VMware has joined the ranks of the hyperconverged, announcing VMware EVO:RAIL, a solution built on its vSphere foundation coupled with VMware VSAN. Readers here know that the converged infrastructure available for years now solves some problems in IT, but frankly, most of those problems are political. The guts of converged infrastructures are largely business as usual, have many of the same needs and time sinks as traditional infrastructure, and comprise largely the same inflexible hardware you’ve always used.
Hyperconverged infrastructures, such as those from Nutanix, SimpliVity, Scale, and now VMware, look to change the way IT does business by fundamentally changing the technology in use. They take commodity compute and storage hardware and apply “software-defined” techniques to it to drastically reduce the time and complexity of provisioning and ongoing maintenance. Most are delivered as preconfigured hardware, and VMware EVO:RAIL is no exception. The basic building blocks are similar to those of other hyperconverged offerings: 2U containers VMware calls “Hyper-Converged Infrastructure Appliances” (HCIAs), which contain up to four individual compute and storage nodes. Partners participating in this program will need to follow a strict “recipe” for the hardware, using specific types and sizes and speeds of CPUs, RAM, storage, and networking. Practically speaking, I’d expect that nearly every EVO:RAIL will be a Dell PowerEdge C6220 II or a Supermicro Twin, as those two companies are the only ones left in the modern x86 hardware game anymore.
VMware EVO:RAIL is built upon VMware vSphere, the company’s solid foundational hypervisor and management tool suite. It adds VMware Virtual SAN technology to provide storage, as well as the custom EVO:RAIL engine for automation. Use of these technologies informs how large a single VMware EVO:RAIL cluster can be, topping out at only four HCIAs, for a total of sixteen nodes. Each HCIA, or set of four nodes, is intended to serve 100 general-purpose workloads (2 vCPU, 6 GB memory, 60 GB disk) or 250 virtual desktops (2 vCPU, 2 GB memory, 30 GB disk). A group of 400 general-purpose VMs, or 1,000 virtual desktops, is well-suited for VMware’s target audience in the remote-office, VDI, and virtual private cloud markets, and it fits nicely with the industry trend of looking to serve the millions of smaller organizations out there that need IT but don’t have the resources to manage their IT well.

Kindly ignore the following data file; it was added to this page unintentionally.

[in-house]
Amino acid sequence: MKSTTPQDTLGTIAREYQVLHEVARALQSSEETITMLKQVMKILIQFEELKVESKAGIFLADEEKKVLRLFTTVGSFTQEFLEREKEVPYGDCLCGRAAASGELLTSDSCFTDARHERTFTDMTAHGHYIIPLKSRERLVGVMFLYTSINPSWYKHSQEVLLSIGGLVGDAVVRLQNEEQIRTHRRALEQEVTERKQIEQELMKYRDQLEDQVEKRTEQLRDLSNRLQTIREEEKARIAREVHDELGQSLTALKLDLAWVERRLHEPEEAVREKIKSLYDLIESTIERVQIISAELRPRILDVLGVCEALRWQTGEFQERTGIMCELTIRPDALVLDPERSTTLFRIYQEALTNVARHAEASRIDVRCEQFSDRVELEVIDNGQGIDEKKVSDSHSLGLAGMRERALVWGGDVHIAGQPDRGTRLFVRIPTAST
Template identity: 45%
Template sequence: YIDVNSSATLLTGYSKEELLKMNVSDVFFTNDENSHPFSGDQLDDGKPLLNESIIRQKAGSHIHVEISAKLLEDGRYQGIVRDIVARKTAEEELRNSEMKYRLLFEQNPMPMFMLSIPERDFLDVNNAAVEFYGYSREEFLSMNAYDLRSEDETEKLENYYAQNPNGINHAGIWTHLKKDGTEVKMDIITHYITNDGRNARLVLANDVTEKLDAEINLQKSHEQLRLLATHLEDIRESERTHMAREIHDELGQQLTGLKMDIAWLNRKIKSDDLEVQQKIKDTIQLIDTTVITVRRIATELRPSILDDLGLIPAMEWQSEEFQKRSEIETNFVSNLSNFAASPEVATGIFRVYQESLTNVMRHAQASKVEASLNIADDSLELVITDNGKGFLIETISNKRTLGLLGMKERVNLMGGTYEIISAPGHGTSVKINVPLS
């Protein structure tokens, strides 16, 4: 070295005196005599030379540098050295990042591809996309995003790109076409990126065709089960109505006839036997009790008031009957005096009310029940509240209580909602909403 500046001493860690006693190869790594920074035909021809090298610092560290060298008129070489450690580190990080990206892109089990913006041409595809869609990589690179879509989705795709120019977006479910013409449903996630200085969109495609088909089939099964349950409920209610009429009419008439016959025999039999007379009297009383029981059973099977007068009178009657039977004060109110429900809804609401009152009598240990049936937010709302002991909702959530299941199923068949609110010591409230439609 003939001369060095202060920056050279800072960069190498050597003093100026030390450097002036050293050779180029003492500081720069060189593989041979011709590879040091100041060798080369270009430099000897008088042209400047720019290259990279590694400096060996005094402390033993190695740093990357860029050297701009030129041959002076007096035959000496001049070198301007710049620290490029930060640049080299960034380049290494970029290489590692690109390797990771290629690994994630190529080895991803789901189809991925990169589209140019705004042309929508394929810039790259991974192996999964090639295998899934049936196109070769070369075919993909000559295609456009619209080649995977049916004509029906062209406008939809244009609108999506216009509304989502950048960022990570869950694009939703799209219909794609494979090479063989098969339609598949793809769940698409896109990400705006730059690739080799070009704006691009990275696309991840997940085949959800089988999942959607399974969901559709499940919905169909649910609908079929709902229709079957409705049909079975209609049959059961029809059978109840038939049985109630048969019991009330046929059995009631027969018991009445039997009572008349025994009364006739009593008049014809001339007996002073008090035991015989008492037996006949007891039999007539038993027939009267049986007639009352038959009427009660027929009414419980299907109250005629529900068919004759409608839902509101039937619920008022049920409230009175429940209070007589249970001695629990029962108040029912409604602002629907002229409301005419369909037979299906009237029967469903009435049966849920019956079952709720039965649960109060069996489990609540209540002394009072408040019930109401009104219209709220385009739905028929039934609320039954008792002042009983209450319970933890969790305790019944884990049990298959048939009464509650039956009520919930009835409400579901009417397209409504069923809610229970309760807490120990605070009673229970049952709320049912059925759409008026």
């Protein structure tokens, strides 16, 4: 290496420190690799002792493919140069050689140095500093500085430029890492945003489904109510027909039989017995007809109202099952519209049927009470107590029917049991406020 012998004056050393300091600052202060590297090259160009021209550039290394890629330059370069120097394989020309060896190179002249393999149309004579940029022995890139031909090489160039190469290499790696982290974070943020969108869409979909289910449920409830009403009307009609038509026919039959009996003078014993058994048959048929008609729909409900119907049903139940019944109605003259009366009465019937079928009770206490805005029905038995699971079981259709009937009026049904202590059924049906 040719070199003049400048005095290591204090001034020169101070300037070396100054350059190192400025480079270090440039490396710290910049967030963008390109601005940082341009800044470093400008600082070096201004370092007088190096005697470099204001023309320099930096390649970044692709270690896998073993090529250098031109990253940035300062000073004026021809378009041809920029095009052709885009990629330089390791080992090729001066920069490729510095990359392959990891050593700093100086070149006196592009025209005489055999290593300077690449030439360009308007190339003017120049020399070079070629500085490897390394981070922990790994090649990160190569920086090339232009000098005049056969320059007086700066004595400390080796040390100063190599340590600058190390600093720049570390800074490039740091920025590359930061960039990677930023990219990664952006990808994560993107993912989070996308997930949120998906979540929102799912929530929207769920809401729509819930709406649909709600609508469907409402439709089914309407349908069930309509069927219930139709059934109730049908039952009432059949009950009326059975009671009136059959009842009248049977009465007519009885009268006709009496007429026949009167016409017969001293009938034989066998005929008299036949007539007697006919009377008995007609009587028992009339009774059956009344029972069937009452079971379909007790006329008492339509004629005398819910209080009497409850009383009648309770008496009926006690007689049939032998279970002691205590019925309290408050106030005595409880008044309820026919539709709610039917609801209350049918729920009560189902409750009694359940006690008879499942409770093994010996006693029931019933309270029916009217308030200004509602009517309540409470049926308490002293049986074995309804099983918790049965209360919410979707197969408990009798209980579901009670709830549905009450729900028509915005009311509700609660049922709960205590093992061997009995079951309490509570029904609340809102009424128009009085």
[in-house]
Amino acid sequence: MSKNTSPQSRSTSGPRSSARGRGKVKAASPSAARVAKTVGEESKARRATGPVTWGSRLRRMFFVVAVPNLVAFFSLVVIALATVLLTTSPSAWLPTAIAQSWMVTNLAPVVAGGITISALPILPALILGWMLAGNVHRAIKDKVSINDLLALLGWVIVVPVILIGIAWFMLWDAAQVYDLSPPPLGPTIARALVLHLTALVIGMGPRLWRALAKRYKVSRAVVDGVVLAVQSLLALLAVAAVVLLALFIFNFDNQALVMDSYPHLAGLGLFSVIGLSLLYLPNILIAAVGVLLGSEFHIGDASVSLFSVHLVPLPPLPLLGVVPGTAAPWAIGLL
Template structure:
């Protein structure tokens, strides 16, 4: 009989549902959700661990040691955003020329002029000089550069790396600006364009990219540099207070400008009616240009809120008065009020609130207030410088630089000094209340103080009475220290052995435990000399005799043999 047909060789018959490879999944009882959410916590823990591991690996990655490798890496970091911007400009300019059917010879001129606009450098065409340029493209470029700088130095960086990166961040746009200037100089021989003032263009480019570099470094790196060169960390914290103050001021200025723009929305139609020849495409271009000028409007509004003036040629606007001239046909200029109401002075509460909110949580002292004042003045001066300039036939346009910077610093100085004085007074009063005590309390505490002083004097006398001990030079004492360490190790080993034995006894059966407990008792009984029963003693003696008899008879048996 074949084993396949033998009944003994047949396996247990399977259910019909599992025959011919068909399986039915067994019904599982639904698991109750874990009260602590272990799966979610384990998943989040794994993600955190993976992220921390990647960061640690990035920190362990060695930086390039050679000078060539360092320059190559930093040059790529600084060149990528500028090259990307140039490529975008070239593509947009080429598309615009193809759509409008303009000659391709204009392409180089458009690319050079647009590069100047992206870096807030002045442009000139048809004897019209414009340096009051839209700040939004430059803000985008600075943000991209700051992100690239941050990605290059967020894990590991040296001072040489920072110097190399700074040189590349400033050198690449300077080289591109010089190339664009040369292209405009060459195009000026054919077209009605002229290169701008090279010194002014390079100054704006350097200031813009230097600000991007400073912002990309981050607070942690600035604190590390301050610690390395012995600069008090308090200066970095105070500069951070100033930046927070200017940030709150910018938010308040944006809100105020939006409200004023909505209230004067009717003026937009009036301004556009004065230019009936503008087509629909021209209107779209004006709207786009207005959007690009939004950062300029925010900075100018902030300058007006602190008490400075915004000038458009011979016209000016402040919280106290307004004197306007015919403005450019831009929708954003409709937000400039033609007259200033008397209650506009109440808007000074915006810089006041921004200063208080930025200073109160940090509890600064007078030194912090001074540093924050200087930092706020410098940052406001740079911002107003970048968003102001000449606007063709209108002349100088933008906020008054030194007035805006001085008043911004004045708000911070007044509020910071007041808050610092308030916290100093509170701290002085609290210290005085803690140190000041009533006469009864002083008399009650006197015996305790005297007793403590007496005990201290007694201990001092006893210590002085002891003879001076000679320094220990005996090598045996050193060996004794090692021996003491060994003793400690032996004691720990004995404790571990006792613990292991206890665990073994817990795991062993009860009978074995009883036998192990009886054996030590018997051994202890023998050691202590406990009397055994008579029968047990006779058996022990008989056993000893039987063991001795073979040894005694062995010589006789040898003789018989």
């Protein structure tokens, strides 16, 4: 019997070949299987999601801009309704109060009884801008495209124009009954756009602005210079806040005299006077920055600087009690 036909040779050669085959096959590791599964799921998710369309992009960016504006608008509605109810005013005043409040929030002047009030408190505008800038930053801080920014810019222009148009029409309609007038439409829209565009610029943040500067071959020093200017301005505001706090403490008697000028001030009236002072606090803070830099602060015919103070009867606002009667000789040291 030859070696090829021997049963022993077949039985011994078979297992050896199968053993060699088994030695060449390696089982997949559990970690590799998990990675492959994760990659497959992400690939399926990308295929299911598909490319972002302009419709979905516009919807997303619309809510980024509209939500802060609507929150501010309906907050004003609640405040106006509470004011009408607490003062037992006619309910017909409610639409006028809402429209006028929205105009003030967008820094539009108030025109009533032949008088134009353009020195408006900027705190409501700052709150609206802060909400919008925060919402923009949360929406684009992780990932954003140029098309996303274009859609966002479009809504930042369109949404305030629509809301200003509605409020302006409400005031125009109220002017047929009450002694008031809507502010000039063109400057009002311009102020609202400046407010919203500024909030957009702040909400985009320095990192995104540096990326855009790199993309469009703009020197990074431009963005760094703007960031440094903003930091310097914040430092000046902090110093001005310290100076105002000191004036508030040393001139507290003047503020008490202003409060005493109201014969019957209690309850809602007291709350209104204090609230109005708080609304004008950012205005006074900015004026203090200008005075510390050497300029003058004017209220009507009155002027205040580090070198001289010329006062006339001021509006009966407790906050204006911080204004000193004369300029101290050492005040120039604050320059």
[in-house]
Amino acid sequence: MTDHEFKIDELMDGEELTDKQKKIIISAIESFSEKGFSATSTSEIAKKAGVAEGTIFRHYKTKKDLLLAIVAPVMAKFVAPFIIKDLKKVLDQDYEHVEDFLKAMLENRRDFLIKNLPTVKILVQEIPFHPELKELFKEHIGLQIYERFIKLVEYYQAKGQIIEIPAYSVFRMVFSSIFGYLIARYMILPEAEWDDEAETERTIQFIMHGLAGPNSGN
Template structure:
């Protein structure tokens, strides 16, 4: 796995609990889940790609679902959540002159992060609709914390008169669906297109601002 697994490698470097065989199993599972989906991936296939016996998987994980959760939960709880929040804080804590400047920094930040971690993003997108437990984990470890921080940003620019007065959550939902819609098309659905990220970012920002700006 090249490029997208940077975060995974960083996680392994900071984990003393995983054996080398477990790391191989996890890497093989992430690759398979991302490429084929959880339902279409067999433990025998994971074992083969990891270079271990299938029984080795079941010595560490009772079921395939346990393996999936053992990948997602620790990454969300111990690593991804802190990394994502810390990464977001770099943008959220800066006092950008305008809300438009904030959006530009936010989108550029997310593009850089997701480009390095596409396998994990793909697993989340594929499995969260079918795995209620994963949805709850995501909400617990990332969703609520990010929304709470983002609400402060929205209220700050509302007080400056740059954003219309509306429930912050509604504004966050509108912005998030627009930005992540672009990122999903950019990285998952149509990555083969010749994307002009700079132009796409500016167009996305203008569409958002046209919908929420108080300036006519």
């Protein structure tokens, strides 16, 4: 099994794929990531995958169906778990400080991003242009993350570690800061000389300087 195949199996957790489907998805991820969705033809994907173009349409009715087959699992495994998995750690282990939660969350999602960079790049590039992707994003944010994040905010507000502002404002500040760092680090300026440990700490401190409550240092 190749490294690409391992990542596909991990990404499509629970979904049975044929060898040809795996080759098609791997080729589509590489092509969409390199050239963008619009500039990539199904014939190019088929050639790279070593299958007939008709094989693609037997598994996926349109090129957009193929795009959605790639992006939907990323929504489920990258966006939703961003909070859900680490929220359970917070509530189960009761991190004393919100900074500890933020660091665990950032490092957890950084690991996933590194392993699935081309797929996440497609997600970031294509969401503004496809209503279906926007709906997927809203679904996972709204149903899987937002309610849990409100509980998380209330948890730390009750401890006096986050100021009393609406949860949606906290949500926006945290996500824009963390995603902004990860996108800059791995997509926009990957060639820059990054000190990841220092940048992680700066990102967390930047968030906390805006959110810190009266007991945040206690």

The VMware EVO:RAIL engine aims to allow organizations to configure their systems in just minutes, manage them without the traditional interface complexity, and perform nondisruptive operations like upgrades, patches, and scale-out activities. The interface is pure HTML5, which is a refreshing choice because it means widespread browser compatibility and fewer support headaches.
So, Is VMware EVO:RAIL Worth It?
When I look at this new solution, it seems to me that VMware is attempting to arm its partners against the entrenched hyperconverged vendors like Nutanix and SimpliVity. That’ll likely muddy the waters some, but version 1.0 of EVO:RAIL is missing a number of features, like replication and deduplication, that are essential to many customers. It would also be nice if EVO:RAIL would scale up further. Nutanix can go to forty-eight or more nodes, for example, not just sixteen, and you can customize the types of nodes to account for your workloads and storage needs. This won’t be easy to achieve without fundamental changes in the whole vSphere stack, though.
EVO:RAIL doesn’t solve problems like backups, either, so customers will need to delve into the underlying complexity if they wish to protect their data (and who doesn’t?) Like all other hyperconverged solutions, it also completely ignores networking. You have to supply your own 10 Gbps network switches, and with that you’ll need a network engineer to configure and operate it. It is a sad truth that most IT folks don’t have any idea how networking works, but that also means that it’s an area ripe for innovation, especially in the complexity-reduction/OpEx sense. NSX and open network switches, anyone?
I may seem negative about EVO:RAIL, but I’m actually quite positive about it. It is a 1.0 product, destined for future improvements, and a software vendor has to ship sometime. I also like the idea of additional competition in this space. There are so few real competitors that adding another will be good for consumers. Competition drives up innovation and drives down costs. Further, we haven’t seen pricing for EVO:RAIL yet, so there could be a major value proposition here as well. Finally, I expect that a number of improvements, such as the HTML5 interface, will find their way into the upstream vSphere and VSAN software. Everybody will benefit from that.